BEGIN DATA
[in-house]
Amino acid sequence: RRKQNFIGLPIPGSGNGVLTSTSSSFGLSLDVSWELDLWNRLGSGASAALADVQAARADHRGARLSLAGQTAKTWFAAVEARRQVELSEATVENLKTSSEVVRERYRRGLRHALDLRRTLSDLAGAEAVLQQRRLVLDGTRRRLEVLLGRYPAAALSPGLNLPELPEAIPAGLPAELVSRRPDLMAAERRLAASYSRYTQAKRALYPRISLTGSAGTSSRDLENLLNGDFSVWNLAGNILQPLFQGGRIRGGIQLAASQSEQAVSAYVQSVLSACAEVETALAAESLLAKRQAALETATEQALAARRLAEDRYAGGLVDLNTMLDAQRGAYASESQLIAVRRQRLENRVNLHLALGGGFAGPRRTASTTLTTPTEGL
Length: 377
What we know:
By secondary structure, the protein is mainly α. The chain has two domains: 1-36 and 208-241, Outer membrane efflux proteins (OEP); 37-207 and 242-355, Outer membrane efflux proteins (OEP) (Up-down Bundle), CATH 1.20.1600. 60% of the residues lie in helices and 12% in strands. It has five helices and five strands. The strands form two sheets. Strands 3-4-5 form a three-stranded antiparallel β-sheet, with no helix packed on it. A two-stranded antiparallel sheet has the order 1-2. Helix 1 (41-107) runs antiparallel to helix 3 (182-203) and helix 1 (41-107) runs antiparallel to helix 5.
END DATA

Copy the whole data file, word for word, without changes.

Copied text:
[in-house]
Amino acid sequence: RRKQNFIGLPIPGSGNGVLTSTSSSFGLSLDVSWELDLWNRLGSGASAALADVQAARADHRGARLSLAGQTAKTWFAAVEARRQVELSEATVENLKTSSEVVRERYRRGLRHALDLRRTLSDLAGAEAVLQQRRLVLDGTRRRLEVLLGRYPAAALSPGLNLPELPEAIPAGLPAELVSRRPDLMAAERRLAASYSRYTQAKRALYPRISLTGSAGTSSRDLENLLNGDFSVWNLAGNILQPLFQGGRIRGGIQLAASQSEQAVSAYVQSVLSACAEVETALAAESLLAKRQAALETATEQALAARRLAEDRYAGGLVDLNTMLDAQRGAYASESQLIAVRRQRLENRVNLHLALGGGFAGPRRTASTTLTTPTEGL
Length: 377
What we know:
By secondary structure, the protein is mainly α. The chain has two domains: 1-36 and 208-241, Outer membrane efflux proteins (OEP); 37-207 and 242-355, Outer membrane efflux proteins (OEP) (Up-down Bundle), CATH 1.20.1600. 60% of the residues lie in helices and 12% in strands. It has five helices and five strands. The strands form two sheets. Strands 3-4-5 form a three-stranded antiparallel β-sheet, with no helix packed on it. A two-stranded antiparallel sheet has the order 1-2. Helix 1 (41-107) runs antiparallel to helix 3 (182-203) and helix 1 (41-107) runs antiparallel to helix 5.